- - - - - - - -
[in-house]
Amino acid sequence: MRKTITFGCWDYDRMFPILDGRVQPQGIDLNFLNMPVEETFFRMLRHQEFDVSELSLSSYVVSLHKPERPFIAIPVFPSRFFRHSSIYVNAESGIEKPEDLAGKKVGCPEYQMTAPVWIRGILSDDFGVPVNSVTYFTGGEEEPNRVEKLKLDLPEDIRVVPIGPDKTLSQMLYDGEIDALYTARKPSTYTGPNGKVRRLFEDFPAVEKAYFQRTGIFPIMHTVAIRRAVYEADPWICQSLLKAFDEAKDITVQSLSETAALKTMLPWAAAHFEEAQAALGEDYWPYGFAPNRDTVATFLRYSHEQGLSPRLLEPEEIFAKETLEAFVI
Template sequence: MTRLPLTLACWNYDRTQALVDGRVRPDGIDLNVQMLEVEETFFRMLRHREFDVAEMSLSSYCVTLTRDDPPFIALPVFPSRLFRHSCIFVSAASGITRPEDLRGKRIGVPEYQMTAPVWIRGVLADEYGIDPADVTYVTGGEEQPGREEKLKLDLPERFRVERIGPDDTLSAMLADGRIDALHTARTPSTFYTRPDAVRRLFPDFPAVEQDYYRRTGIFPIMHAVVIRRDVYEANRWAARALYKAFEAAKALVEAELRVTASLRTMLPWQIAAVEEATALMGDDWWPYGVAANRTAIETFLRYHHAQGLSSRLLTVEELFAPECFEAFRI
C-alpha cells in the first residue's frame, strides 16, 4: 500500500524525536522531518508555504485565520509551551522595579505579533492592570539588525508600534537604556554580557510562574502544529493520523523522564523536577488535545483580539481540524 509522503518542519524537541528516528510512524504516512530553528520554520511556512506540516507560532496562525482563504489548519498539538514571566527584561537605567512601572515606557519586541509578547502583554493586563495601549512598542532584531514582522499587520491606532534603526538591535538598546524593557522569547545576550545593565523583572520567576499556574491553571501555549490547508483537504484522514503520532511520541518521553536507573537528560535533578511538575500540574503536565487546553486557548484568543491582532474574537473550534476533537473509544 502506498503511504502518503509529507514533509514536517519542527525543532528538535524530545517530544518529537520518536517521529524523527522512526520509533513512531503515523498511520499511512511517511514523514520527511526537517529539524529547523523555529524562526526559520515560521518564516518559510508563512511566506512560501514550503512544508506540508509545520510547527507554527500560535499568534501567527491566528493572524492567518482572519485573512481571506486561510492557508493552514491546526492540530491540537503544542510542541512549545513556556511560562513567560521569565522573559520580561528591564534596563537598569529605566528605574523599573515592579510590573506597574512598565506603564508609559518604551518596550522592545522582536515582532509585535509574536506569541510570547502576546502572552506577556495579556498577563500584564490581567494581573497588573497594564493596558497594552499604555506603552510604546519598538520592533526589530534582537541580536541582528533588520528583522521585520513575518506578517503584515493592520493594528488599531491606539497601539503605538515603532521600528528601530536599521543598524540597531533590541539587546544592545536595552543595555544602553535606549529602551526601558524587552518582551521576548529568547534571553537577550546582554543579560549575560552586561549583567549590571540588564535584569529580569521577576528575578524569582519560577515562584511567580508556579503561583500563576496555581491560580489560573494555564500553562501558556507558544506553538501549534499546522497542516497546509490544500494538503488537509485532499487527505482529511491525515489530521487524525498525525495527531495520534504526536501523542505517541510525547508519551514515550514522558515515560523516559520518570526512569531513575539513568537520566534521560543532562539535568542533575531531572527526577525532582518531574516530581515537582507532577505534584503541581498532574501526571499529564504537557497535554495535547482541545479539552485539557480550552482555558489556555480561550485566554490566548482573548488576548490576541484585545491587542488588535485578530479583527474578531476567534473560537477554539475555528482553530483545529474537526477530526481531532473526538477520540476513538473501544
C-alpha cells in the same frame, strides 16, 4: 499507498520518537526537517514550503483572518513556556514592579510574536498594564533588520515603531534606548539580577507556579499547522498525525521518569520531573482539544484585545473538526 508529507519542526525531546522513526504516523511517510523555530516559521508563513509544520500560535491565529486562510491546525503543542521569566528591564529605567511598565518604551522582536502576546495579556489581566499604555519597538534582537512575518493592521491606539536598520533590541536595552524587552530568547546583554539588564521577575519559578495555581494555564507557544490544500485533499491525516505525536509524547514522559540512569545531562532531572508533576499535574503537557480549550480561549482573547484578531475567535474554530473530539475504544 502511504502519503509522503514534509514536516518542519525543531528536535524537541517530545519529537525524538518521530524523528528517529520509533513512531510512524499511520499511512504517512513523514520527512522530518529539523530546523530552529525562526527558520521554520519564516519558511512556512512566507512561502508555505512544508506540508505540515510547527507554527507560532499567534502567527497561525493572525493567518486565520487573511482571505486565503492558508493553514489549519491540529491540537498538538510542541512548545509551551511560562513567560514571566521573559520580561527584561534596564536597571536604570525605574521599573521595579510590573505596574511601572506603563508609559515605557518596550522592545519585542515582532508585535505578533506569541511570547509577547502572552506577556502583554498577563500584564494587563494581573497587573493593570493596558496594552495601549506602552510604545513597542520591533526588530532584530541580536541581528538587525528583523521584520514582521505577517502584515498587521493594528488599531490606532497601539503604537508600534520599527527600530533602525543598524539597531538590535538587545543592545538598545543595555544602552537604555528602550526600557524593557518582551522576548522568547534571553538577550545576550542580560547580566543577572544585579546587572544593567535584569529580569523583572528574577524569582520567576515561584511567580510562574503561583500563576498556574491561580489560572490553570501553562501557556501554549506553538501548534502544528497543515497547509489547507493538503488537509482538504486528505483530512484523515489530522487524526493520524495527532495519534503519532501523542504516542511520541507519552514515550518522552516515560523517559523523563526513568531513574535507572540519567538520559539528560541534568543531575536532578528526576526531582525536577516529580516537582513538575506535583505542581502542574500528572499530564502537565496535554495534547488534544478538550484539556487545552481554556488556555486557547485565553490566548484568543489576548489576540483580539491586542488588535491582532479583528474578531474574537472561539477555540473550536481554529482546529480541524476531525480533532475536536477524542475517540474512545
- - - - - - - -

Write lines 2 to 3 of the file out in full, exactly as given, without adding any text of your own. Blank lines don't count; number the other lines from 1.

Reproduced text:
Amino acid sequence: MRKTITFGCWDYDRMFPILDGRVQPQGIDLNFLNMPVEETFFRMLRHQEFDVSELSLSSYVVSLHKPERPFIAIPVFPSRFFRHSSIYVNAESGIEKPEDLAGKKVGCPEYQMTAPVWIRGILSDDFGVPVNSVTYFTGGEEEPNRVEKLKLDLPEDIRVVPIGPDKTLSQMLYDGEIDALYTARKPSTYTGPNGKVRRLFEDFPAVEKAYFQRTGIFPIMHTVAIRRAVYEADPWICQSLLKAFDEAKDITVQSLSETAALKTMLPWAAAHFEEAQAALGEDYWPYGFAPNRDTVATFLRYSHEQGLSPRLLEPEEIFAKETLEAFVI
Template sequence: MTRLPLTLACWNYDRTQALVDGRVRPDGIDLNVQMLEVEETFFRMLRHREFDVAEMSLSSYCVTLTRDDPPFIALPVFPSRLFRHSCIFVSAASGITRPEDLRGKRIGVPEYQMTAPVWIRGVLADEYGIDPADVTYVTGGEEQPGREEKLKLDLPERFRVERIGPDDTLSAMLADGRIDALHTARTPSTFYTRPDAVRRLFPDFPAVEQDYYRRTGIFPIMHAVVIRRDVYEANRWAARALYKAFEAAKALVEAELRVTASLRTMLPWQIAAVEEATALMGDDWWPYGVAANRTAIETFLRYHHAQGLSSRLLTVEELFAPECFEAFRI